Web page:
Depending on when the biopsies are performed relative to onset of symptoms, acute lung injury patterns may be dominated by organizing pneumonia in the TBB. Potential causes of the organizing pneumonia pattern are presented in Table 2. In this setting it is tempting to refer to this pathologically as bronchiolitis obliterans organizing pneumonia. We would discourage this because, to our clinical colleagues, this name implies idiopathic bronchiolitis obliterans organizing pneumonia, a disease that is expected to respond to corticosteroid therapy. (33-35) Clearly, many causes of organizing pneumonia may be resistant to corticosteroid therapy. The term airspace organization or organizing pneumonia pattern is preferable as a more accurate descriptor of this phenomenon. When airspace organization is accompanied by nodular aggregations of fibrin in the alveolar spaces (but no hyaline membranes), the term acute fibrinous and organizing pneumonia is appropriate, as long as it is recognized that this diagnosis as an idiopathic condition has a guarded prognosis if the patient requires mechanical ventilation around the time of biopsy. (36) Also, idiopathic diffuse alveolar damage (referred to clinically as acute interstitial pneumonia) may be a manifestation of the adult respiratory distress syndrome in the setting of a ventilator-dependent patient. Given the appropriate clinical scenario and time course, no further cause for this histopathologic finding need be sought by the clinician. Many of the acute lung injury histopathologic changes are recapitulated in acute eosinophilic pneumonia and diffuse alveolar hemorrhage (see later discussion). A diagnostic TBB in diffuse alveolar damage is presented in Figure 3, A and B.


Eosinophilic Pneumonia

Clinical Scenario.--Eosinophilic pneumonia encompasses a number of disorders centered around increased eosinophils in lung parenchyma. The original description of "pulmonary eosinophilia" in 16 patients reported by Crofton and colleagues (37) proposed a classification to include simple pulmonary eosinophilia (few symptoms and transient infiltrates), prolonged pulmonary eosinophilia with persistent radiographic shadows persisting for more than a month (and sometimes other organ involvement), tropical eosinophilia, and pulmonary eosinophilia in the setting of asthma. In 1969, Liebow and Carrington (38) questioned the value of this mainly clinical classification and proposed that all eosinophilic pneumonia be described in relation to an etiology whenever possible (eg, eosinophilic pneumonia related to helminthic infestation or eosinophilic pneumonia induced by chemical agents). An excellent overview of eosinophilic lung disease can be found in a 1994 review by Allen and Davis. (39)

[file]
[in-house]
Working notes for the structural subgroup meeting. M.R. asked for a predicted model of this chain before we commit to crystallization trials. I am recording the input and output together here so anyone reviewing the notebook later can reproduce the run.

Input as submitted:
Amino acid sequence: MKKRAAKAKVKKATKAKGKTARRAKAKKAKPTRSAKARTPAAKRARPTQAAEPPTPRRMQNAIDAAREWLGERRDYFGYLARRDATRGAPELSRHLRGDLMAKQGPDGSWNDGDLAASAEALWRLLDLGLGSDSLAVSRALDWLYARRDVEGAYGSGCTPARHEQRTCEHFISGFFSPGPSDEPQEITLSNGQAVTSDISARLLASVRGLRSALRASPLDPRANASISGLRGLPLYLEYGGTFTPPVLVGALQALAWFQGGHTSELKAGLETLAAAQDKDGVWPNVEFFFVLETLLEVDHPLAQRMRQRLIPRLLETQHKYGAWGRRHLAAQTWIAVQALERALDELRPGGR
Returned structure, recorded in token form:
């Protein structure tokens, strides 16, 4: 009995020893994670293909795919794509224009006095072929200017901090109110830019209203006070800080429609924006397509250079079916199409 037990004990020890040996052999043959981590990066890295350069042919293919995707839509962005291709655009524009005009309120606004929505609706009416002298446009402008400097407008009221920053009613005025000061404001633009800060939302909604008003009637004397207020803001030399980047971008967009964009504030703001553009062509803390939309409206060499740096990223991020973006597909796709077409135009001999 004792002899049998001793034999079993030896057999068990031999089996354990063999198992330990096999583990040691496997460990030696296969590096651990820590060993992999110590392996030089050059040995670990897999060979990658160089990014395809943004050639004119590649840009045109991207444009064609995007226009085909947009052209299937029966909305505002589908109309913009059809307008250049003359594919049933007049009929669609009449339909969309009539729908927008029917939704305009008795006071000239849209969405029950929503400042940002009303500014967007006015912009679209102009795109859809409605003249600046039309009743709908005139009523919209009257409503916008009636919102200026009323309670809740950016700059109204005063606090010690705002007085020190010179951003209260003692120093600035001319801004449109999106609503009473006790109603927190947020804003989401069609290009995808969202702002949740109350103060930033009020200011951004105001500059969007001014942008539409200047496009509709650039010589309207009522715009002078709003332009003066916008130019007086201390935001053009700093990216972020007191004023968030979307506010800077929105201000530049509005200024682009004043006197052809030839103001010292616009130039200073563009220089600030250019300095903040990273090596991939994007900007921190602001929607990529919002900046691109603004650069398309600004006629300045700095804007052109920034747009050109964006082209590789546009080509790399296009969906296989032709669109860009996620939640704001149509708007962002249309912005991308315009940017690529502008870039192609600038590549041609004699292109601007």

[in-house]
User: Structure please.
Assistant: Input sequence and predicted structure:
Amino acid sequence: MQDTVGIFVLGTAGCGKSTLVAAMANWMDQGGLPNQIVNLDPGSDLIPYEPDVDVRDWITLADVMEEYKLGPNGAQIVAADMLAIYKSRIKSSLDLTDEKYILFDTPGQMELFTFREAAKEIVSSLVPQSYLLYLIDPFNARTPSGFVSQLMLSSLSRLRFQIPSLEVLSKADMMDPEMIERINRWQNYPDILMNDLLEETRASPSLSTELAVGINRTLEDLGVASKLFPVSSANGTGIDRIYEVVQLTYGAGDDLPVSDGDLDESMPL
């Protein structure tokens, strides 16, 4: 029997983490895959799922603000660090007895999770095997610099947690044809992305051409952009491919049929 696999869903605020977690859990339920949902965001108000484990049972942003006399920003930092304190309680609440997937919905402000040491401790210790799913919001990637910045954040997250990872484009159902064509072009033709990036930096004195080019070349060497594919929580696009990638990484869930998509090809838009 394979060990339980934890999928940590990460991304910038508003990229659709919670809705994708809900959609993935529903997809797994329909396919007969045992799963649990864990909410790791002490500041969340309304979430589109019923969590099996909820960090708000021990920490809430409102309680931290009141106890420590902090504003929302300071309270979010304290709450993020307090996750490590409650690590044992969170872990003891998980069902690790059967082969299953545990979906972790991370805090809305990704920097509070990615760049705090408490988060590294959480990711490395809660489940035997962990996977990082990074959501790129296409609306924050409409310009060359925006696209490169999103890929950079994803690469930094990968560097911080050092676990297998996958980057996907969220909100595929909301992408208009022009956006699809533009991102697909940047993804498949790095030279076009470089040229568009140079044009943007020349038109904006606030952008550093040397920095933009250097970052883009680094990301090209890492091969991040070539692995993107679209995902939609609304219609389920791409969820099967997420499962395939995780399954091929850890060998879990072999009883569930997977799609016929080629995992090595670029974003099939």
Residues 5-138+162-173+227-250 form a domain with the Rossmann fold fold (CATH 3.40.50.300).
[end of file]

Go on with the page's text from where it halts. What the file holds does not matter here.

The most common pulmonary symptom is dyspnea, which can be severe. In acute forms, the condition has sudden onset, and clinical presentation is generally immediate. 40 Without a bronchoscopic diagnosis, acute eosinophilic pneumonia is frequently mistakenly treated as an infectious pneumonia, needless to say without success. In chronic forms, evolution during weeks to a few months is common and breathlessness is less severe. Night sweats with fever and chills occur to variable extent. Peripheral blood eosinophilia as well as increased eosinophil counts in pulmonary lavage samples are useful diagnostic findings, but may not be identified for a variety of reasons.